Joe Flacco was still fuming about his first-half mistake when he talked to reporters after the Ravens' 23-16 loss to the Bengals.
The play happened at the end of the first half, as the Ravens were at Cincinnati's 15-yard line with just eight seconds remaining in the quarter. The Ravens could have taken one last shot at the end zone and still had a chip-shot field-goal attempt if the touchdown try was unsuccessful.
But the Ravens ended up with nothing because Flacco tried to run out of the pocket to extend the play, and time expired just before he got sacked to end the half.
"That was probably the stupidest play I've ever made in football," Flacco said. "I kind of just got caught up in the play and forgot about the situation. There's no excuse for it, can't happen."
Flacco's miscue capped off a disappointing first half for the Ravens, where they were shutout and collected just 97 total yards. The Ravens dropped passes, turned the ball over and generally seemed out of sync for the first 30 minutes.
Half of Baltimore's six drives in the first half ended with a three-and-out or turnover.
"We just played about as bad as you can, in terms of just simple fundamental things — throwing, catching, running routes, staying up, just running the ball, couple mental busts," Flacco said. "Just fundamental things that you do every day, and it's just part of the routine, and we just weren't doing [them] well."
Part of the issue for the offense was that Flacco's targets couldn't hang onto the football. Owen Daniels, Steve Smith Sr. and Jacoby Jones all had costly drops.
"Offensively, we just couldn't get it done," Smith said. "As receivers we didn't play as well as we could. We screwed ourselves receiver-wise as best as we could; we dropped all the gimmies, but we caught all the hard ones. We just have to play better, but things can happen and you've got to take responsibility."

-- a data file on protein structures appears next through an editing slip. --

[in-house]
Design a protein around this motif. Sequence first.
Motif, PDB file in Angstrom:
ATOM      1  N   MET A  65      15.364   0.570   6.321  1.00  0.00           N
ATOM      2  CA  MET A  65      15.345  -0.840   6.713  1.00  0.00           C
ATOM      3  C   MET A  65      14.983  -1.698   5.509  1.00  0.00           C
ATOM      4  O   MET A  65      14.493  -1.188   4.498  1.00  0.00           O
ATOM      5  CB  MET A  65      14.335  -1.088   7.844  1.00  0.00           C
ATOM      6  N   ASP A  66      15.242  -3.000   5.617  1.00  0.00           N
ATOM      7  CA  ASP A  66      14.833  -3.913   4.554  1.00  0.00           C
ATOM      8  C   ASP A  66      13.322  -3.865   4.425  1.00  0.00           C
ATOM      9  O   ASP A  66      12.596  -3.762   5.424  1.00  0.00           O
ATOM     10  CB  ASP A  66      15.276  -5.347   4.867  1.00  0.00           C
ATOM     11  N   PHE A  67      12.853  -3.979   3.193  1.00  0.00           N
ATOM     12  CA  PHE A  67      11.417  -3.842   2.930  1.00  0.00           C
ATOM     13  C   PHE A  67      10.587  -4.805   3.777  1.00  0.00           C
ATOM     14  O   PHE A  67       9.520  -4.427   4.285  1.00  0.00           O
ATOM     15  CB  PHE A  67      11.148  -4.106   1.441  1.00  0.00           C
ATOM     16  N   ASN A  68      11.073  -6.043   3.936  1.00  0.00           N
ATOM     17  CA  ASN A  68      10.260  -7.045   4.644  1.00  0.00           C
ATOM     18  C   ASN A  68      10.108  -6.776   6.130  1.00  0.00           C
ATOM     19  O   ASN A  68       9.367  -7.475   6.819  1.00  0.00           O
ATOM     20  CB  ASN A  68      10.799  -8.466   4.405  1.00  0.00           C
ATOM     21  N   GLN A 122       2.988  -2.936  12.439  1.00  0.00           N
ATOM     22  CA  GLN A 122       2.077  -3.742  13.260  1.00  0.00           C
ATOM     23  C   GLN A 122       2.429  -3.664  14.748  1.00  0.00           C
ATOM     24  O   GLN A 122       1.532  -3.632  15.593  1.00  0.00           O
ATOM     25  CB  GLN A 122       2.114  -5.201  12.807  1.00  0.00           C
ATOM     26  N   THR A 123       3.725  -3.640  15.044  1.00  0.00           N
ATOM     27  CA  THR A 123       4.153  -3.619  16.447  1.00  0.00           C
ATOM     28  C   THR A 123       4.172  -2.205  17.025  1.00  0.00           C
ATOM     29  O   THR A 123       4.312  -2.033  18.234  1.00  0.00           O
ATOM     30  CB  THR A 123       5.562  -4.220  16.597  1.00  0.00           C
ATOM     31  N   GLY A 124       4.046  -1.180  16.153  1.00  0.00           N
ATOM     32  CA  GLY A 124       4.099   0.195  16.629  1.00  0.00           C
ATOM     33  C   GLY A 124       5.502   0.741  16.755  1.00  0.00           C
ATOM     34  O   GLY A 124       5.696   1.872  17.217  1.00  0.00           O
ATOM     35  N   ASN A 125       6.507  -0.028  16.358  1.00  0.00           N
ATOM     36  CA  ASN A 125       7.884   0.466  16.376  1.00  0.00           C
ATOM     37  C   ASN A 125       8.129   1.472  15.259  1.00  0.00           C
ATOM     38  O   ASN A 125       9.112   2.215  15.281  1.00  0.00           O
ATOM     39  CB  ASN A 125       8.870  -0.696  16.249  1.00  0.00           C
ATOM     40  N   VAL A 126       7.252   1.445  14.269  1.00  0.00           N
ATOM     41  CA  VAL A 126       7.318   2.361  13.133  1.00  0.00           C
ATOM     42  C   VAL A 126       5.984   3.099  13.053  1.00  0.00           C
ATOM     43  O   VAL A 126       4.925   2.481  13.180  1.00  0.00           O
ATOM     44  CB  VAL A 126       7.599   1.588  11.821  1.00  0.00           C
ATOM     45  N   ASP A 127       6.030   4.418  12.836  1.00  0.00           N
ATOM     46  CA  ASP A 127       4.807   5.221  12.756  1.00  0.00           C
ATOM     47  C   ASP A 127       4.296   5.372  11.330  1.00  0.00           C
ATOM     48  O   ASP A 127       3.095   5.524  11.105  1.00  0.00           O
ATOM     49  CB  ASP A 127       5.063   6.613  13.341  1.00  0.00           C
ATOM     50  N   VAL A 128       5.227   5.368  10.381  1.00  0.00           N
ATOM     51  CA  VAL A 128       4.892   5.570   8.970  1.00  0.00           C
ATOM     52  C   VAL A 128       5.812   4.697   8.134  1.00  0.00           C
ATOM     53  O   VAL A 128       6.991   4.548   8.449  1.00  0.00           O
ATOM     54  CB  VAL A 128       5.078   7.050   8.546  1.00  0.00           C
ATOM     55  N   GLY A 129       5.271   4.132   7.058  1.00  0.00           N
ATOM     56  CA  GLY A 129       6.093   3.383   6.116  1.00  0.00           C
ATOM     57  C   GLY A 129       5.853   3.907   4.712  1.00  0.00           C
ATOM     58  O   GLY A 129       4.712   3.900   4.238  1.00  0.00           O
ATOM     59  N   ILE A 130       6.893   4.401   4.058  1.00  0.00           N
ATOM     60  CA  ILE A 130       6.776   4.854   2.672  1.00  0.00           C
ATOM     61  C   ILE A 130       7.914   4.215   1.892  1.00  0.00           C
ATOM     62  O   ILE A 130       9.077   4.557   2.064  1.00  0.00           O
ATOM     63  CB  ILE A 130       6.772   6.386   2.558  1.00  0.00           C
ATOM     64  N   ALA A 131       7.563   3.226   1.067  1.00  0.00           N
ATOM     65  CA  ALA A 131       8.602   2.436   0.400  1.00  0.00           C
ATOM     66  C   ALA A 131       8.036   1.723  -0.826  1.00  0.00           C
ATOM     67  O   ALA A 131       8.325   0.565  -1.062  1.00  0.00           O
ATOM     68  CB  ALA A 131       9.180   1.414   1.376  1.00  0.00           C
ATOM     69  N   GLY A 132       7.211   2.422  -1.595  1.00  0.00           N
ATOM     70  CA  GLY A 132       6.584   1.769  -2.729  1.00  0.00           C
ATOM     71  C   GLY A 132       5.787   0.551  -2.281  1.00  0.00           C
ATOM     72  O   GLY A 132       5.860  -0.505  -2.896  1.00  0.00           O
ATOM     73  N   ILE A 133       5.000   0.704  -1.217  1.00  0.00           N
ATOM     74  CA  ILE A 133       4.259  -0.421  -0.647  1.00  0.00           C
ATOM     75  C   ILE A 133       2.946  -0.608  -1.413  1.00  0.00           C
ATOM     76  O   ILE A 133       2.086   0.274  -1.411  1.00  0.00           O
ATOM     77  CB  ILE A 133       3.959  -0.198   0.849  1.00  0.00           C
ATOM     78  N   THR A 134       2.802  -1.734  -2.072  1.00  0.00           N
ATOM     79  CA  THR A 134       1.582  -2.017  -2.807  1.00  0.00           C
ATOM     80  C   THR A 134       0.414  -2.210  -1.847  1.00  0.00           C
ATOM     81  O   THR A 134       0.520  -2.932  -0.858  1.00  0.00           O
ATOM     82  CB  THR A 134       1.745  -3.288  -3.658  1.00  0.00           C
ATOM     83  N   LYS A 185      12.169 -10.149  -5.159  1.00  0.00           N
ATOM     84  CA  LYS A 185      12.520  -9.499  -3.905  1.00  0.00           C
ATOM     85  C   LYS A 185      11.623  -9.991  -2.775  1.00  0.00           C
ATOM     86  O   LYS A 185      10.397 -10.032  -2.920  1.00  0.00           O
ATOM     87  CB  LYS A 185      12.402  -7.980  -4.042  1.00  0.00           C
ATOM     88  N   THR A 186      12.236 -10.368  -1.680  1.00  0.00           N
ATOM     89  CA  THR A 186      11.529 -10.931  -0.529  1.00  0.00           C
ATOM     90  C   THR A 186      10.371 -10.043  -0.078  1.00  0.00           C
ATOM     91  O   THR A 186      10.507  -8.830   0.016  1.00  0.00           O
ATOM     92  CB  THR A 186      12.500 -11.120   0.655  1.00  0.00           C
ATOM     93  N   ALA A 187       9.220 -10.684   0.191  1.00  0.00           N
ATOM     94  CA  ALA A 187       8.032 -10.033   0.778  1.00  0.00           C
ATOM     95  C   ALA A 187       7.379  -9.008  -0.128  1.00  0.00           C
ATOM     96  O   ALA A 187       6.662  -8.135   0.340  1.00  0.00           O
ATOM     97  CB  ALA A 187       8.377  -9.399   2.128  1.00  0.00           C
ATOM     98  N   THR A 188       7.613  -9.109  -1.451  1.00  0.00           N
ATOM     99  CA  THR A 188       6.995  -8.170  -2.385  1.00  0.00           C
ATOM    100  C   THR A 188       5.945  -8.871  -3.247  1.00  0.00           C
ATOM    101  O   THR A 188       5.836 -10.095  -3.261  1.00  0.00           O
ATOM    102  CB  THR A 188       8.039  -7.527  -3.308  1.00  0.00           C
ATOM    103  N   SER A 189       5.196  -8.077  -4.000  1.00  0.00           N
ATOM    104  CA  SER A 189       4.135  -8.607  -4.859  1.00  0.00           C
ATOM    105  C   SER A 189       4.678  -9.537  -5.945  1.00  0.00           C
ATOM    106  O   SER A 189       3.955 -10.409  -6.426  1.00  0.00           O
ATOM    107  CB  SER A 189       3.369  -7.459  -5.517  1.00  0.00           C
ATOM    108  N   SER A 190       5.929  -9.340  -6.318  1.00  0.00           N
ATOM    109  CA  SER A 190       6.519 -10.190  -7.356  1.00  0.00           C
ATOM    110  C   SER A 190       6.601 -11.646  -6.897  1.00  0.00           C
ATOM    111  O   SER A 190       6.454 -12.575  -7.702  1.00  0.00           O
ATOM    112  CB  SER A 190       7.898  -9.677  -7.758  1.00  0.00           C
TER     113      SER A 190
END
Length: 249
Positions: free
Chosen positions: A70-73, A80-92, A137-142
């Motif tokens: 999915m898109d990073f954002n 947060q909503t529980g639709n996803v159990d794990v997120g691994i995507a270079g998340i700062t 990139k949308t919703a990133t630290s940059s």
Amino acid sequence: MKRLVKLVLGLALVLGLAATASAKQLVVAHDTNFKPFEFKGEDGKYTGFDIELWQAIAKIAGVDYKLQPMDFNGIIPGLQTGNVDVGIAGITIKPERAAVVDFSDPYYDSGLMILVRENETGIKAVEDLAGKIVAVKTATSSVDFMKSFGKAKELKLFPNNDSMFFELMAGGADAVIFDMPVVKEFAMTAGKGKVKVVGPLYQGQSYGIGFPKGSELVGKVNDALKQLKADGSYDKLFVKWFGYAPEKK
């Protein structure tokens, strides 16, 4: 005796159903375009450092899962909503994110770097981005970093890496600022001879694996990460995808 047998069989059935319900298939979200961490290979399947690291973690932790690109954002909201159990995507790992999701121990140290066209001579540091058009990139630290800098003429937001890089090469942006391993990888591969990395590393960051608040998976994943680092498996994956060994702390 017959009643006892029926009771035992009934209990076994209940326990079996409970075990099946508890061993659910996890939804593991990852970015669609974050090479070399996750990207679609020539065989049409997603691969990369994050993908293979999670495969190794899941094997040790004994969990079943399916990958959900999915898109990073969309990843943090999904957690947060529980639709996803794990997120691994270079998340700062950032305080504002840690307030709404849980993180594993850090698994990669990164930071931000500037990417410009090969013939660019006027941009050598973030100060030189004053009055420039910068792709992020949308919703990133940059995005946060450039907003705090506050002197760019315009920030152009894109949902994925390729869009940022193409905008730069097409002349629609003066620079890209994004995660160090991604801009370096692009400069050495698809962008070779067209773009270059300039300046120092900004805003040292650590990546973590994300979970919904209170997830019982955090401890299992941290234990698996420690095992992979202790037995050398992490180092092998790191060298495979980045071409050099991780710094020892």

The offense started to shift the narrative and get into a groove in the second half.
The Ravens came out of the locker room facing a 15-0 deficit and picked up the tempo to try to get points in a hurry. The approach worked, as the Ravens were able to move the football and eventually took the lead.
The Ravens picked up 323 of their 420 yards and all 16 of their points in the second half.
"We got in a situation where we had to get in a little bit of a muddle huddle there and go up-tempo, which we weren't really planning on doing," tight end Owen Daniels said. "But you have to roll with the punches and do what you have to do to get back in the game. We have that in our repertoire and I think honestly that wore them down a little bit. We might look into doing that a little more."
Sunday's game was the debut of the new system put into place by Offensive Coordinator Gary Kubiak. The gameplan differed from what the Ravens showed in the preseason, where they were much more balanced between the run and pass. On Sunday, Flacco passed the ball 62 times and the team had just 20 runs.
The early deficit partly dictated the shift to the passing game, and the Ravens also wanted to avoid trying to run directly into a stout Cincinnati defensive line.
"We wanted to slow down that front," Head Coach John Harbaugh said. "When their linebackers started getting gassed, it helped us a little bit, and we were able to run the ball, but we were behind. But, we ran well in the second half. That's going to be important for us. We're going to be able to need to run the ball."
The new offense was the story of the offseason for the Ravens, and the expectation for the group is to be much better than the group finished last season. The opener provided some positive glimpses, but there is plenty to clean up in the short week before the Ravens welcome the Steelers to Baltimore Thursday night.
"It's tough to look at it too many ways other than the fact that we lost the game, and overall we didn't play very well," Flacco said. "As a player, you don't look for good things in losses. It was a bad day. We got ourselves obviously in position to win the game, but we didn't necessarily play well enough to win it."